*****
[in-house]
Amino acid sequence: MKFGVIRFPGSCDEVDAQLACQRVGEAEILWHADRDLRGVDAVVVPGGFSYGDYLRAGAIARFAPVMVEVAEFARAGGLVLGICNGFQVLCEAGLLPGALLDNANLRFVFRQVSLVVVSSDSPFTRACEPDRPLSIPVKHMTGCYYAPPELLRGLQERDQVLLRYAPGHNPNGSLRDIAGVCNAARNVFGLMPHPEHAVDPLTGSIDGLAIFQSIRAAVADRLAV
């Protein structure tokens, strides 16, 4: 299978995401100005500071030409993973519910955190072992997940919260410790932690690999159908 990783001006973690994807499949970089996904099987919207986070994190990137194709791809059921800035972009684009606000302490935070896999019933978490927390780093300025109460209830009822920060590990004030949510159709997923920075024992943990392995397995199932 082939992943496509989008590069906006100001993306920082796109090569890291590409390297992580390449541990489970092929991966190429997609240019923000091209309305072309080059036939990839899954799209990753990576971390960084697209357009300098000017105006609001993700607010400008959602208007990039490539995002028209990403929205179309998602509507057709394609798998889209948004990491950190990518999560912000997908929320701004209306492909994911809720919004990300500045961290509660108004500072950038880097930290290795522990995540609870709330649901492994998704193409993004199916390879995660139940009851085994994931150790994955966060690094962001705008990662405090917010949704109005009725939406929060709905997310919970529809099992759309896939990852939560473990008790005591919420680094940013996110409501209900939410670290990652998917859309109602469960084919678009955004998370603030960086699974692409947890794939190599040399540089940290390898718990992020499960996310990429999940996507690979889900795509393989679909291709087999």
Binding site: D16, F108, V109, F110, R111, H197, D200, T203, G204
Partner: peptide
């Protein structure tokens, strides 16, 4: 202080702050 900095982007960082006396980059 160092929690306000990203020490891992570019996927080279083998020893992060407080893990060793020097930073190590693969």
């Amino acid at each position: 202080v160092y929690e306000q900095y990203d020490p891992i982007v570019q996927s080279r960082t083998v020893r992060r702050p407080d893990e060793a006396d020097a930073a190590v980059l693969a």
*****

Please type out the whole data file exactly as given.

[in-house]
Amino acid sequence: MKFGVIRFPGSCDEVDAQLACQRVGEAEILWHADRDLRGVDAVVVPGGFSYGDYLRAGAIARFAPVMVEVAEFARAGGLVLGICNGFQVLCEAGLLPGALLDNANLRFVFRQVSLVVVSSDSPFTRACEPDRPLSIPVKHMTGCYYAPPELLRGLQERDQVLLRYAPGHNPNGSLRDIAGVCNAARNVFGLMPHPEHAVDPLTGSIDGLAIFQSIRAAVADRLAV
């Protein structure tokens, strides 16, 4: 299978995401100005500071030409993973519910955190072992997940919260410790932690690999159908 990783001006973690994807499949970089996904099987919207986070994190990137194709791809059921800035972009684009606000302490935070896999019933978490927390780093300025109460209830009822920060590990004030949510159709997923920075024992943990392995397995199932 082939992943496509989008590069906006100001993306920082796109090569890291590409390297992580390449541990489970092929991966190429997609240019923000091209309305072309080059036939990839899954799209990753990576971390960084697209357009300098000017105006609001993700607010400008959602208007990039490539995002028209990403929205179309998602509507057709394609798998889209948004990491950190990518999560912000997908929320701004209306492909994911809720919004990300500045961290509660108004500072950038880097930290290795522990995540609870709330649901492994998704193409993004199916390879995660139940009851085994994931150790994955966060690094962001705008990662405090917010949704109005009725939406929060709905997310919970529809099992759309896939990852939560473990008790005591919420680094940013996110409501209900939410670290990652998917859309109602469960084919678009955004998370603030960086699974692409947890794939190599040399540089940290390898718990992020499960996310990429999940996507690979889900795509393989679909291709087999």
Binding site: D16, F108, V109, F110, R111, H197, D200, T203, G204
Partner: peptide
């Protein structure tokens, strides 16, 4: 202080702050 900095982007960082006396980059 160092929690306000990203020490891992570019996927080279083998020893992060407080893990060793020097930073190590693969």
């Amino acid at each position: 202080v160092y929690e306000q900095y990203d020490p891992i982007v570019q996927s080279r960082t083998v020893r992060r702050p407080d893990e060793a006396d020097a930073a190590v980059l693969a």